Ward Burner Systems

Customized Combustion Equipment

Controllers for Kilns



by Marc Ward
Clay Times May 2004


    Are You in Control?

    Say, you’re a gear-head… or think you want to make your life simpler. You’ve been looking through magazines and catalogs and you find some cool stuff to help run your kiln. There’s all these fancy smancy gizmos that turn your kiln on, turn your kiln up, turn your kiln off, there’s even thinga-ma-jigs that will page you or call your cell phone when certain things happen with your kiln. There are alarms, flashing lights, even voice generated prompts that you could make sound like the voice of HAL in the movie 2001. Here’s a brief look at a few of the less complicated controllers that you could put on a kiln.

    Most of the older electric kilns out there had high limit shutoffs. They came in the form of a kiln sitter with a cone placed between two rods that held up a lever. The cone melted/deformed and the lever dropped which shut the power off to the kiln. Pretty simple…. Simple until you shoved a kiln post up next to this dumb beast and went to bed. Next morning, the kiln’s still on and really cooking. Freak out!! It’s like your own little Three Mile Island. The lever didn’t fall. Make those pots again… after all it was a custom order.

    You want a shutoff control for your gas kiln, but don’t really trust the ‘ole kiln sitters with the cone in them. Whatcha’ goina’ do? You need a simple controller with a non-latching relay. Great, what’s that? This is a pyrometer or temperature measurement device that has a way for you to set a desired temperature (like the dial on your oven). Once the temperature is reached, the controller switches things off. But, because we have a non-latching relay (a button that pops out and breaks the contact) the controller can’t come back on until you manually reset the button. In your oven, when the temperature shuts off as it reaches temperature, it comes back on again to hold the temperature in a constant range. Basically, with your oven, you have what the kiln world refers to as a soak controller. This is our same simple controller, just minus our button thing (the non-latching relay).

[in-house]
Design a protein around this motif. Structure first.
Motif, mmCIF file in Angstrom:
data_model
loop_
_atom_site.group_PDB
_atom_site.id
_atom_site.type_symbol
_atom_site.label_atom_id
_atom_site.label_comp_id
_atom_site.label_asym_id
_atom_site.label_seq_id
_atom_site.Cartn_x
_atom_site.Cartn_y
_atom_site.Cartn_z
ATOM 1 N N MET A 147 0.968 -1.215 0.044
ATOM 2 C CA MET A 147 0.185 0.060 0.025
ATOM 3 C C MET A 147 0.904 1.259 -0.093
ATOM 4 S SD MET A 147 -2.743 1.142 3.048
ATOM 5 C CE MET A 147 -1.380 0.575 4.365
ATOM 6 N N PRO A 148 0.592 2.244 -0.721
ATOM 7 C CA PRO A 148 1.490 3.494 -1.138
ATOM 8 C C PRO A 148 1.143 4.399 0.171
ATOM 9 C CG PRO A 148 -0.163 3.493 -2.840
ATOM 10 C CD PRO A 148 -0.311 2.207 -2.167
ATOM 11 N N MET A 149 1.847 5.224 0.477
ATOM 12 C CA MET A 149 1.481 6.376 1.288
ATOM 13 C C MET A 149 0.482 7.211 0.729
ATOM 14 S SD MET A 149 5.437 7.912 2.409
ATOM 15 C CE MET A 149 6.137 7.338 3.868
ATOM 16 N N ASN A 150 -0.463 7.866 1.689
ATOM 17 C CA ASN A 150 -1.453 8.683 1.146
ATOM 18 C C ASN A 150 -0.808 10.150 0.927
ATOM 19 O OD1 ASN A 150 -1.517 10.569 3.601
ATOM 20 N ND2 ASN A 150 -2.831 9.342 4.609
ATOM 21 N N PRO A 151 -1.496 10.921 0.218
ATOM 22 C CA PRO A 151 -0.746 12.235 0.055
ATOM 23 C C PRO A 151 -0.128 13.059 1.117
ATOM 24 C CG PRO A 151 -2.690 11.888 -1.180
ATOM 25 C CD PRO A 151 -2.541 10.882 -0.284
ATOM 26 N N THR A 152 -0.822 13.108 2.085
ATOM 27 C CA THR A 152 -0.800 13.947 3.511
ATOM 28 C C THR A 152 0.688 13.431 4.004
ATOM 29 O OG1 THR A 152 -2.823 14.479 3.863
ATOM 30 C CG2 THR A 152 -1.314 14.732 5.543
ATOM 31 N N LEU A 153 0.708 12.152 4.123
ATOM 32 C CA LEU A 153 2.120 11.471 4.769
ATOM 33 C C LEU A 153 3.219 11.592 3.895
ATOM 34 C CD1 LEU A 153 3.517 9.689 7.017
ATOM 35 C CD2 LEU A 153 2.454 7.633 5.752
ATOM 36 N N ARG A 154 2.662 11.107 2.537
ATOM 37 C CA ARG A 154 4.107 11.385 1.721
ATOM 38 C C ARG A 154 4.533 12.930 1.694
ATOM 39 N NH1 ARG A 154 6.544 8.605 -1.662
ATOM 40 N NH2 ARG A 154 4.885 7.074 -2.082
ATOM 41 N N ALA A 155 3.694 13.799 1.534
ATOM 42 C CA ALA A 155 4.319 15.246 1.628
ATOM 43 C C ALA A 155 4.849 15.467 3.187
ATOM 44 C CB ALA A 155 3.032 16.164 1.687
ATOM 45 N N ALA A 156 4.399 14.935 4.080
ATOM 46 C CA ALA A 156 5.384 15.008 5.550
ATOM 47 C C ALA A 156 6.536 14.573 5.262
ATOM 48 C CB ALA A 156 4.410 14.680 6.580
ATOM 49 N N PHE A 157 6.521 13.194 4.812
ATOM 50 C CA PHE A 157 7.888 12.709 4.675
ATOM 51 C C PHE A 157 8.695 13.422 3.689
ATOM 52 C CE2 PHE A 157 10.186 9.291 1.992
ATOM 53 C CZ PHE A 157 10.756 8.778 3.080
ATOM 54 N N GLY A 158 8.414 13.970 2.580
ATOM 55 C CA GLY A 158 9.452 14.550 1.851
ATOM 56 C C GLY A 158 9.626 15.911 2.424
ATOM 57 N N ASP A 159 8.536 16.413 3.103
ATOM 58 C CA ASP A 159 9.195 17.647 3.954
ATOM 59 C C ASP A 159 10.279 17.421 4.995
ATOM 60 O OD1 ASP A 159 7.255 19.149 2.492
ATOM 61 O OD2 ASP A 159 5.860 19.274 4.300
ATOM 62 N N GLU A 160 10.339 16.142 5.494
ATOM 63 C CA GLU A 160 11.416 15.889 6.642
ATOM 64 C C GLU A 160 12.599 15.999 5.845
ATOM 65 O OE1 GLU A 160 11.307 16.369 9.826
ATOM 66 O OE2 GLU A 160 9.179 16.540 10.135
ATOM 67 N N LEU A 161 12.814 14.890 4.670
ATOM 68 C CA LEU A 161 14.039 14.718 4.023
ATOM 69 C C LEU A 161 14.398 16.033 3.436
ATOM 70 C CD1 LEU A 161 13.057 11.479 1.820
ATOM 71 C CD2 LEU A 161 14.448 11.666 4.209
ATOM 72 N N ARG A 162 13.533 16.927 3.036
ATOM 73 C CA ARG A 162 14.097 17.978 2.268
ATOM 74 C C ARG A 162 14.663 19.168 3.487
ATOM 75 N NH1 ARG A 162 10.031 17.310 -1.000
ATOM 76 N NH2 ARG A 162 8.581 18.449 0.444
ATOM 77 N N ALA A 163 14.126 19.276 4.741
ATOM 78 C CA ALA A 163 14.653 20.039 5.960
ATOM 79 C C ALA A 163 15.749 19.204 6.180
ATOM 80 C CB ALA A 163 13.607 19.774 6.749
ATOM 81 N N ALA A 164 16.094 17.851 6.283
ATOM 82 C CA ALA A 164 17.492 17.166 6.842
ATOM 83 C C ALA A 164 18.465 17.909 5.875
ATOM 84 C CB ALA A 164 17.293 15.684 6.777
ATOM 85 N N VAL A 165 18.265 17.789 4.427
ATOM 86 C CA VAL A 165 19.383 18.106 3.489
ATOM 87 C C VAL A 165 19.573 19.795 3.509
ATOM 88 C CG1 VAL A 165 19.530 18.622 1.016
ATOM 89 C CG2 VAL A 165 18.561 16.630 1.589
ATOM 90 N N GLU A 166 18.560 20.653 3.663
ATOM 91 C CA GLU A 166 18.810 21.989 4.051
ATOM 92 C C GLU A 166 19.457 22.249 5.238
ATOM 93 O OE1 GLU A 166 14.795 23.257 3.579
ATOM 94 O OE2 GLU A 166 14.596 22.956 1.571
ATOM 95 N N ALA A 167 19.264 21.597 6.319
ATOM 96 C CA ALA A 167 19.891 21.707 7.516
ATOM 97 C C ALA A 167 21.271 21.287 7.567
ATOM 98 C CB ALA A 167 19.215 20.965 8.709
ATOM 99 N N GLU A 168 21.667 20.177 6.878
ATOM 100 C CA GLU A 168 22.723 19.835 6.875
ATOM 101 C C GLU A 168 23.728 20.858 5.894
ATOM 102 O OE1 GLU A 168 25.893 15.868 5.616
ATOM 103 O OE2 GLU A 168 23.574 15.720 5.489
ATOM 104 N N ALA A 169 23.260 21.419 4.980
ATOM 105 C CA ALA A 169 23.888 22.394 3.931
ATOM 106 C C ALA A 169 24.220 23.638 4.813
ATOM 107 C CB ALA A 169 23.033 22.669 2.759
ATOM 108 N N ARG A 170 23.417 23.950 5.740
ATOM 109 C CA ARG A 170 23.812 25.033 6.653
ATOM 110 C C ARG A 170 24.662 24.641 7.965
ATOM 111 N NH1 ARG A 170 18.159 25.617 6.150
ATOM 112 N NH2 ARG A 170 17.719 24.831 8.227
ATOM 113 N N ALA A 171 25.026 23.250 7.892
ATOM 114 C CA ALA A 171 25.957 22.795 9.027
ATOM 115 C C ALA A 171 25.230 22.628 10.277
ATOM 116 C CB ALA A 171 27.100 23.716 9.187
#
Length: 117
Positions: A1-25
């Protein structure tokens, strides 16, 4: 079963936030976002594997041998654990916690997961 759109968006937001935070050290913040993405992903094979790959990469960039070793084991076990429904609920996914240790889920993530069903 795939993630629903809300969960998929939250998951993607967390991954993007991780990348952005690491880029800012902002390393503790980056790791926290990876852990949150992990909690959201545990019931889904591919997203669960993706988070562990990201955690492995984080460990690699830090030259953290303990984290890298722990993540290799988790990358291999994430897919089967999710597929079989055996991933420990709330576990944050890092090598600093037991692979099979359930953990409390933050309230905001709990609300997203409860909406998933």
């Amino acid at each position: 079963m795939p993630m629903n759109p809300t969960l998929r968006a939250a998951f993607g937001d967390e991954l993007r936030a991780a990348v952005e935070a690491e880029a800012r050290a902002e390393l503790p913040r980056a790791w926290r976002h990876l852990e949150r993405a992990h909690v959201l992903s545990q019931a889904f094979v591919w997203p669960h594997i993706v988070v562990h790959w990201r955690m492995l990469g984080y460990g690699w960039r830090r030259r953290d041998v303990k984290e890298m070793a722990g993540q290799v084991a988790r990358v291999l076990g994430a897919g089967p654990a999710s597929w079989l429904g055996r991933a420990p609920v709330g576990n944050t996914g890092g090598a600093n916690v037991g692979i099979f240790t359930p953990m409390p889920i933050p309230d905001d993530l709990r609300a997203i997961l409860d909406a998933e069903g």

But, you want more heh? Most new electric kilns now come with ramp controllers. You plug in values of how fast you want the kiln to climb…. Maybe hold at a certain temperature for X hours then cool down at a certain pace. The controllers that do all this for electric kilns can easily be adapted to gas-fired kilns. With the electric kiln, it was simply turning the kiln on and off to keep the kiln on its prescribed path of temperature gain, hold, or drop. With a gas kiln you can do the same thing by turning the burners on and off at prescribed intervals. And just how is that accomplished? You can take the same kind of controller found on electric kilns and have it turn a solenoid on and off. A solenoid is a gas valve that will open and close on demand from the controller. Need more heat, burner on. Need less, burner off. This is called pulse firing. The main burner pulses on and off. This all depends on having a reliable pilot light with this simple on/off system. The gas shouldn’t be coming on if there is no way to light it. That’s what the pilot light does; it makes sure there is a source of ignition present. There are different kinds of pilot lights and the safety systems that monitor them… I’ll get into that next issue.

    With electric kilns, there’s not as much to control in regards to the firing as there is with gas fired kilns. Because of this, I’m hesitant to recommend controllers to those new to gas firing. It basically boils down to this; If you want to put controllers of any kind on a kiln because, after all these years, you have grown tired of having to monitor a kiln, then some form of controller might be right for you. If, on the other hand, you want to put a controller on a newly built kiln because you are unsure of how to fire or you are inexperienced, this is an unwise way to proceed. You need to be in control of this controller and truly understands what and how it does what it does. You really need to be a good driver before you soup up your car and take it to the local drag strip. One final word of caution; Many controllers are designed as switches. This means they may not actually be able handle the load (amperage) of what you are trying to turn on and off. They may need a magnetic contactor or relay installed to handle the actual load. Check with the controller manufacturer and/or the solenoid valve manufacturer if you are unsure about this. Next issue, I’ll talk about the different kinds of pilots and how they are monitored.